Company culture has a tendency to radiate from the people who were involved in building the company. Did you already find out what yours is?
When I was starting Devana, company culture was the last thing on my mind. More accurately, I didn’t even know such thing existed.
Nowadays, thanks to business books, startup blogs and articles everybody is aware there is a phenomenon called company culture. Some startup founders will try to invest time in ‘creating’ it from the very beginning, some will pick it up along the way (like I did) and some will resist and ultimately ask their HR to ‘get and install the best company culture’.
What company culture is
Simply put it is the way the company and its vision, its employees, products/services and clients coexist together. It defines the daily life at the office. It also defines how an intern and for that matter a customer is being treated. This in effect sets the pulse for the whole company, and if these factors coexist in a friendly and enthusiastic way, then the entire company will carry and emit this vibe.
What company culture isn’t
It isn’t something you write on a piece of paper and demand being enforced. This is the basic mistake most CEOs make at the beginning (me included). And the reason is simple – it is so tempting to copy someone else’s company culture.
Great companies capitalize on this valuable asset in their marketing. This is the reason you’ve probably heard of great company cultures in Valve, Zappos or Netflix. I’ve enthusiastically read their employee handbooks and thought how clever and cool they were. And then I copied the best pieces over to our own (basically creating a Frankenstein along the way).
Unfortunately this won’t work. Company culture has a tendency to radiate from the people who were involved in building the company. It can not ‘radiate’ from the pages of a book. Yes a handbook can be useful to accelerate the acceptance of the company culture for new employees, but only if the second ingredient, people who’ve actually built it, is present as well.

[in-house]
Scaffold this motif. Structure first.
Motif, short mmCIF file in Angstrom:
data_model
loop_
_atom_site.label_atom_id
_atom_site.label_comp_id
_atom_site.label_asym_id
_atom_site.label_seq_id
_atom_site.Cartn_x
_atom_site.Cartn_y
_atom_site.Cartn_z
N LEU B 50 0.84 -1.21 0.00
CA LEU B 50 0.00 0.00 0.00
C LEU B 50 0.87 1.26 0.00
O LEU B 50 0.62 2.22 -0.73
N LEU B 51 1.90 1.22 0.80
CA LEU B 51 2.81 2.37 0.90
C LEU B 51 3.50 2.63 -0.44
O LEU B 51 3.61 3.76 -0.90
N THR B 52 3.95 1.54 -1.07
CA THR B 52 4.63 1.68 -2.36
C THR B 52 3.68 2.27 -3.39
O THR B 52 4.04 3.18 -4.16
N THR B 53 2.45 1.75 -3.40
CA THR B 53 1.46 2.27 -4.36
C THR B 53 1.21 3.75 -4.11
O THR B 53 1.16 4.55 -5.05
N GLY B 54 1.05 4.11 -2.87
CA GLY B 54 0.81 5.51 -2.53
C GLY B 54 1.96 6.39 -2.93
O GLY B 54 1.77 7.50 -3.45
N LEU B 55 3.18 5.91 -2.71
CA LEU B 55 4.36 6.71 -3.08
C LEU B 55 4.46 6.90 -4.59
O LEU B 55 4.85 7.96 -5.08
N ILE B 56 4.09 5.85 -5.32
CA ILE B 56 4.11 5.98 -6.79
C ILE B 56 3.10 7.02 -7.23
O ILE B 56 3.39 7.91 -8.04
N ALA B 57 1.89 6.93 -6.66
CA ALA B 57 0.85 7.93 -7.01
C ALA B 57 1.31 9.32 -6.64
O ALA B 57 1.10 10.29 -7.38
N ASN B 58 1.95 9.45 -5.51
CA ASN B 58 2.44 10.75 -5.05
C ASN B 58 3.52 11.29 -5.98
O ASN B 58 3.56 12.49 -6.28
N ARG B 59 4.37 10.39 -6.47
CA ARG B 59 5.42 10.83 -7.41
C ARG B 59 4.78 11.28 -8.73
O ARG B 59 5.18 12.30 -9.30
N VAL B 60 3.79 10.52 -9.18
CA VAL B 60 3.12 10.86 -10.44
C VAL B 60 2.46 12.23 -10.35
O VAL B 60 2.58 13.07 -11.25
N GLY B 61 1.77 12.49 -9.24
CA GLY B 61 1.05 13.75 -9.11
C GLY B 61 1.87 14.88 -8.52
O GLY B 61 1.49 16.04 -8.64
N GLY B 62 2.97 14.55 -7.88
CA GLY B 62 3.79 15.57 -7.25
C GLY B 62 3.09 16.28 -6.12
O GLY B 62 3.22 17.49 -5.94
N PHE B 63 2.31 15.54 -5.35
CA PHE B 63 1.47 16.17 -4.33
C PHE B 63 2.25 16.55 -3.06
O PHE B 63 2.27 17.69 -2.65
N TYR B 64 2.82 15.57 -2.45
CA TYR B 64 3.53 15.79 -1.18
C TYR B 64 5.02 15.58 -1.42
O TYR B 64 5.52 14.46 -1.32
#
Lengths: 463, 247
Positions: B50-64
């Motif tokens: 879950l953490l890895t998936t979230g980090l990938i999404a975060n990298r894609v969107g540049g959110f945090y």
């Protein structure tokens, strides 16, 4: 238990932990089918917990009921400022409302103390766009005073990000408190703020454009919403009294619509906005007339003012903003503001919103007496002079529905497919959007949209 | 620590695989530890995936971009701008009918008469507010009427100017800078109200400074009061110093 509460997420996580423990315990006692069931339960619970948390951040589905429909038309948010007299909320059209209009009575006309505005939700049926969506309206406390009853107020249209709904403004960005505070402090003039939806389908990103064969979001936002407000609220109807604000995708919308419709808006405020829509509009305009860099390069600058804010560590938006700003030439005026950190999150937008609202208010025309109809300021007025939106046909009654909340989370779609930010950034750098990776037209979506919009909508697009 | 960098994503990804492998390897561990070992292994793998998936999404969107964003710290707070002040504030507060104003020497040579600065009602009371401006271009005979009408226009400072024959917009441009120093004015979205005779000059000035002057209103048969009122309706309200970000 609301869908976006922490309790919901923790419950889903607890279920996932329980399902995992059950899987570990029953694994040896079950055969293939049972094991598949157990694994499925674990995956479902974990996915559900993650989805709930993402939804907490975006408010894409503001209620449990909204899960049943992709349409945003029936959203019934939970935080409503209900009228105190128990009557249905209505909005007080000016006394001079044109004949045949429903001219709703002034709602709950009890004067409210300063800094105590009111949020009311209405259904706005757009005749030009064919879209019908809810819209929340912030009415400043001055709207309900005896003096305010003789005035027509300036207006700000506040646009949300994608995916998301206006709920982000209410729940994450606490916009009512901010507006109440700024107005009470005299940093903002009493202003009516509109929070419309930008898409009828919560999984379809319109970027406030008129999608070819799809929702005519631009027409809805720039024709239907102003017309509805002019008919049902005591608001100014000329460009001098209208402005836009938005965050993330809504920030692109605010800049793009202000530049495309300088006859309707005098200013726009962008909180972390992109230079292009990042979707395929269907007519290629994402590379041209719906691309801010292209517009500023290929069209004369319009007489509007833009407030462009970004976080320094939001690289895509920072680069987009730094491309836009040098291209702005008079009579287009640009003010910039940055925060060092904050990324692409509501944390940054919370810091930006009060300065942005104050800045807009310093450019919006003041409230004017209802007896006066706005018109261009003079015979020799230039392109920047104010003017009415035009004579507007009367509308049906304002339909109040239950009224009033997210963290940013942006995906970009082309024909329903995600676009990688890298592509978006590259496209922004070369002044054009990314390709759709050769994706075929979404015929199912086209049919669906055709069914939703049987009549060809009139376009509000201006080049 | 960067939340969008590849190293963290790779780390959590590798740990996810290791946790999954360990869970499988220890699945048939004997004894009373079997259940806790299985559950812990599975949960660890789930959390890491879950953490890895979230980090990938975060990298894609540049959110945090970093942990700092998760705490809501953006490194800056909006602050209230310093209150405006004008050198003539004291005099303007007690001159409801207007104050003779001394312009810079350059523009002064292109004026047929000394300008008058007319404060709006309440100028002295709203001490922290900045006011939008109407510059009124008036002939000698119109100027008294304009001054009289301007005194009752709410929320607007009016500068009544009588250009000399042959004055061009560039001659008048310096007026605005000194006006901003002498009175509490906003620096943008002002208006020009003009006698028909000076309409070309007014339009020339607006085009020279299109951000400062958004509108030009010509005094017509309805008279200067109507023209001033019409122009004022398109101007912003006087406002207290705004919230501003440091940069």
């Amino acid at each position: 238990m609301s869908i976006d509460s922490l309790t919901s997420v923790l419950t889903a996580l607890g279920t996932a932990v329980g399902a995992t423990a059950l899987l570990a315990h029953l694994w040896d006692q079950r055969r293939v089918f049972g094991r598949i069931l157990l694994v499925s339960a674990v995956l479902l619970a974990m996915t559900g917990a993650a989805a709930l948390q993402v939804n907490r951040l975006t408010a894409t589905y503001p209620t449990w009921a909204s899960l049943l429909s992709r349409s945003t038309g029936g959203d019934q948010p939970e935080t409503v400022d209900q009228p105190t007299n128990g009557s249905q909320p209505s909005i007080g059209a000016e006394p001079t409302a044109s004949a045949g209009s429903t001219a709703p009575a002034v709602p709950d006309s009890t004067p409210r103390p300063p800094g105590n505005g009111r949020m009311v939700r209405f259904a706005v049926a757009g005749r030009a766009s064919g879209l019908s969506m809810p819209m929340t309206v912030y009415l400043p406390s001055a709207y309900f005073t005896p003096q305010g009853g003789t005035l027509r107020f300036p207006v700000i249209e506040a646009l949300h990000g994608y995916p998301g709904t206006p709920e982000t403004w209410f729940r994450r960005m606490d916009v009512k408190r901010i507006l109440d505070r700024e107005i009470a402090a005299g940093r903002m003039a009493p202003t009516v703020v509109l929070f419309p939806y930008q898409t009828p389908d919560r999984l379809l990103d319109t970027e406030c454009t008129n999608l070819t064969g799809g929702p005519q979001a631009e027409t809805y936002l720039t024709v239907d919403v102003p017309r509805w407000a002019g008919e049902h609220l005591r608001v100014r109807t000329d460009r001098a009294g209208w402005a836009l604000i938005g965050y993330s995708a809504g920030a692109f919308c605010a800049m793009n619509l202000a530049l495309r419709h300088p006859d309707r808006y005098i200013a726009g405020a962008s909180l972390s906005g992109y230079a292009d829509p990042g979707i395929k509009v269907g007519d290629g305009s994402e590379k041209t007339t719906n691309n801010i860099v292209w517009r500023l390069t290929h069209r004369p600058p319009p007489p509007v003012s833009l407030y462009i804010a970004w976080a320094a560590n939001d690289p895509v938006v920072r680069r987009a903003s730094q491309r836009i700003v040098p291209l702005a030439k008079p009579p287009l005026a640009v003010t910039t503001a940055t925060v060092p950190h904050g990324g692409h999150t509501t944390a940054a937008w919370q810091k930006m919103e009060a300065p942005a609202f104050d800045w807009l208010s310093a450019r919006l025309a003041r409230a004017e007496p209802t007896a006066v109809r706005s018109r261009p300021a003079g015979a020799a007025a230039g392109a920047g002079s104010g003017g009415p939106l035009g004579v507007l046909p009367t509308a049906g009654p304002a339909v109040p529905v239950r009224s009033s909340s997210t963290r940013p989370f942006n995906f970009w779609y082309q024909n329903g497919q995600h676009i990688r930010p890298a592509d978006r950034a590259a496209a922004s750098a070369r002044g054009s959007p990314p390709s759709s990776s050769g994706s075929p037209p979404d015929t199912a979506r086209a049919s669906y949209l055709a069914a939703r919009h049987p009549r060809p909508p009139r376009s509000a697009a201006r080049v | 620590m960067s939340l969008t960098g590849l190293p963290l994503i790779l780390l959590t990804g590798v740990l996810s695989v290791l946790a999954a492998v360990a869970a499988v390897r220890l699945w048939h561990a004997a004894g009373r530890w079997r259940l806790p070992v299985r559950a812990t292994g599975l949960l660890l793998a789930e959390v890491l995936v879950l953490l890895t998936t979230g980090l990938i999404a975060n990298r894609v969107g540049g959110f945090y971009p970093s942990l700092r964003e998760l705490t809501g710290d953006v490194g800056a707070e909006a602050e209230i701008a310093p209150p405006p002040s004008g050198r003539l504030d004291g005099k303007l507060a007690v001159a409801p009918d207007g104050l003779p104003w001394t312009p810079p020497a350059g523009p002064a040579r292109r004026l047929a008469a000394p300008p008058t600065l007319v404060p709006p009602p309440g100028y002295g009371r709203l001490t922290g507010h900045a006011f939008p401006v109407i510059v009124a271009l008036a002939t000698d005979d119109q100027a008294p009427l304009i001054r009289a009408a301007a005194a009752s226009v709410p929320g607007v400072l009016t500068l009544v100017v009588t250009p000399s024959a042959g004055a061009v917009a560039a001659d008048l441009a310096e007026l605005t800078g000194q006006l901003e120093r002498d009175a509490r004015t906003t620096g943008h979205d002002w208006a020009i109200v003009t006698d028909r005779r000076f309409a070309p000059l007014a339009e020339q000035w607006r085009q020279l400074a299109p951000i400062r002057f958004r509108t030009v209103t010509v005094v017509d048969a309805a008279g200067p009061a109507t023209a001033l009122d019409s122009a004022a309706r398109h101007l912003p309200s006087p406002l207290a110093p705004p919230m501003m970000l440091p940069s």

This means that you are stuck with what you have.
Why do you need to define your company culture
There are several reasons why is it useful to have a definition of what your company culture is:
- It will help you during hiring process to better evaluate if a candidate is a good fit
- It will help you accelerate the onboarding of new hires
- It will usually give a simple answer to hard questions your employees will face in everyday work
- You can use it as a powerful asset in your marketing – to attract more top talent or customers
In order to do these things, you will need to reach some kind of company-wide understanding what your company culture really is.
Culture is the one competitive advantage that your competitors can’t easily ⌘C⌘V. The other is Vision.
How do you define your company culture
If you have a company then the chance is it is already defined. You may think you know what it is, but until you’ve asked your employees what they thought about it, you haven’t really dug into it.
So my advice is to write an email to all employees and ask them to write back in 100-500 words what they thought your company culture was. What it meant to them? How is it different to other companies they worked for? What they like the most in your company culture?
Then prepare to hear things you may have not expected, good and bad. After you’ve went through all the feedback you will notice patterns and trends. Bingo! Your employees just told you what your company culture is. And once you understand it well, you will even able to influence it in the future.
If you don’t already have a company there is one simple advice I can give that will ensure a great company culture is born right from the beginning. Focus on the user. There is no single more powerful idea that would ensure the creation of a great company.
photo credit: Sound of the Music movie